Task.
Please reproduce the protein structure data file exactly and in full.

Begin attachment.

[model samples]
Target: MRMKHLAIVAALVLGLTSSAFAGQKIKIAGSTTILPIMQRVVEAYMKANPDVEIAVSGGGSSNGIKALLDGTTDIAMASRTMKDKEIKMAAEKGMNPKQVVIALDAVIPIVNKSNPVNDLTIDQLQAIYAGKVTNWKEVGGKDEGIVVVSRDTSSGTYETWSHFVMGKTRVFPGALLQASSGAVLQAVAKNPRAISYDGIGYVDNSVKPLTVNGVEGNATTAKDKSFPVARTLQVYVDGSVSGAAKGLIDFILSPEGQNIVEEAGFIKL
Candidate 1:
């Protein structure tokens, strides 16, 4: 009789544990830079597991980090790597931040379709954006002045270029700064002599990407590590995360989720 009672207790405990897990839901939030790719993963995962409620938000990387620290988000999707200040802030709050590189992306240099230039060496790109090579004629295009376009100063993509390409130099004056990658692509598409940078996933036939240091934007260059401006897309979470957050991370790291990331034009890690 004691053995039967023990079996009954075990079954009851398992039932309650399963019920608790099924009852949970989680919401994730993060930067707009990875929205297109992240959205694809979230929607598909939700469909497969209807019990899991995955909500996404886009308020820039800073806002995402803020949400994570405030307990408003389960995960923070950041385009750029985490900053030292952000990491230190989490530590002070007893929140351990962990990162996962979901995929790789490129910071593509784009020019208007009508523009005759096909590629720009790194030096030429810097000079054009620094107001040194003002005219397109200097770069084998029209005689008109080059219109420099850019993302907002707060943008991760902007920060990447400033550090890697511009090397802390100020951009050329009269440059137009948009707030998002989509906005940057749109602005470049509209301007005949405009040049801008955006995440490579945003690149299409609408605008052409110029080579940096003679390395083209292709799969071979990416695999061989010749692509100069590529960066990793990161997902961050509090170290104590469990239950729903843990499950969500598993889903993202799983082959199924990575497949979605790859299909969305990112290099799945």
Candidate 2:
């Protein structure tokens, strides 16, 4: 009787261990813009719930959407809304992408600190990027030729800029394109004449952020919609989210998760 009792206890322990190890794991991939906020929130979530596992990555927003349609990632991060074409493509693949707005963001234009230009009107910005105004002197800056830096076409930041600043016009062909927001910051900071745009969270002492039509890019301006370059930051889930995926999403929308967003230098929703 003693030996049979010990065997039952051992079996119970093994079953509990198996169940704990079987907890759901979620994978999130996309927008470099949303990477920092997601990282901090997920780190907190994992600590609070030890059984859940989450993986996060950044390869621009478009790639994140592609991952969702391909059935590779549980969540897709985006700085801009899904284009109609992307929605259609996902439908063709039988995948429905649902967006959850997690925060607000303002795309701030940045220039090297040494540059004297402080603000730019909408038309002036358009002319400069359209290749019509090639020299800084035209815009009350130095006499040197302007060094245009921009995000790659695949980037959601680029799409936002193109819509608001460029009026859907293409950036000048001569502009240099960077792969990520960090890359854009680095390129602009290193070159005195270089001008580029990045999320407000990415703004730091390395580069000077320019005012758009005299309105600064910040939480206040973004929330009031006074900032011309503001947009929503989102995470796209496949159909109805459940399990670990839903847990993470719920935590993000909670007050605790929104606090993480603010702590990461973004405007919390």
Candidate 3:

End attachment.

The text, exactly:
[model samples]
Target: MRMKHLAIVAALVLGLTSSAFAGQKIKIAGSTTILPIMQRVVEAYMKANPDVEIAVSGGGSSNGIKALLDGTTDIAMASRTMKDKEIKMAAEKGMNPKQVVIALDAVIPIVNKSNPVNDLTIDQLQAIYAGKVTNWKEVGGKDEGIVVVSRDTSSGTYETWSHFVMGKTRVFPGALLQASSGAVLQAVAKNPRAISYDGIGYVDNSVKPLTVNGVEGNATTAKDKSFPVARTLQVYVDGSVSGAAKGLIDFILSPEGQNIVEEAGFIKL
Candidate 1:
């Protein structure tokens, strides 16, 4: 009789544990830079597991980090790597931040379709954006002045270029700064002599990407590590995360989720 009672207790405990897990839901939030790719993963995962409620938000990387620290988000999707200040802030709050590189992306240099230039060496790109090579004629295009376009100063993509390409130099004056990658692509598409940078996933036939240091934007260059401006897309979470957050991370790291990331034009890690 004691053995039967023990079996009954075990079954009851398992039932309650399963019920608790099924009852949970989680919401994730993060930067707009990875929205297109992240959205694809979230929607598909939700469909497969209807019990899991995955909500996404886009308020820039800073806002995402803020949400994570405030307990408003389960995960923070950041385009750029985490900053030292952000990491230190989490530590002070007893929140351990962990990162996962979901995929790789490129910071593509784009020019208007009508523009005759096909590629720009790194030096030429810097000079054009620094107001040194003002005219397109200097770069084998029209005689008109080059219109420099850019993302907002707060943008991760902007920060990447400033550090890697511009090397802390100020951009050329009269440059137009948009707030998002989509906005940057749109602005470049509209301007005949405009040049801008955006995440490579945003690149299409609408605008052409110029080579940096003679390395083209292709799969071979990416695999061989010749692509100069590529960066990793990161997902961050509090170290104590469990239950729903843990499950969500598993889903993202799983082959199924990575497949979605790859299909969305990112290099799945």
Candidate 2:
């Protein structure tokens, strides 16, 4: 009787261990813009719930959407809304992408600190990027030729800029394109004449952020919609989210998760 009792206890322990190890794991991939906020929130979530596992990555927003349609990632991060074409493509693949707005963001234009230009009107910005105004002197800056830096076409930041600043016009062909927001910051900071745009969270002492039509890019301006370059930051889930995926999403929308967003230098929703 003693030996049979010990065997039952051992079996119970093994079953509990198996169940704990079987907890759901979620994978999130996309927008470099949303990477920092997601990282901090997920780190907190994992600590609070030890059984859940989450993986996060950044390869621009478009790639994140592609991952969702391909059935590779549980969540897709985006700085801009899904284009109609992307929605259609996902439908063709039988995948429905649902967006959850997690925060607000303002795309701030940045220039090297040494540059004297402080603000730019909408038309002036358009002319400069359209290749019509090639020299800084035209815009009350130095006499040197302007060094245009921009995000790659695949980037959601680029799409936002193109819509608001460029009026859907293409950036000048001569502009240099960077792969990520960090890359854009680095390129602009290193070159005195270089001008580029990045999320407000990415703004730091390395580069000077320019005012758009005299309105600064910040939480206040973004929330009031006074900032011309503001947009929503989102995470796209496949159909109805459940399990670990839903847990993470719920935590993000909670007050605790929104606090993480603010702590990461973004405007919390």
Candidate 3: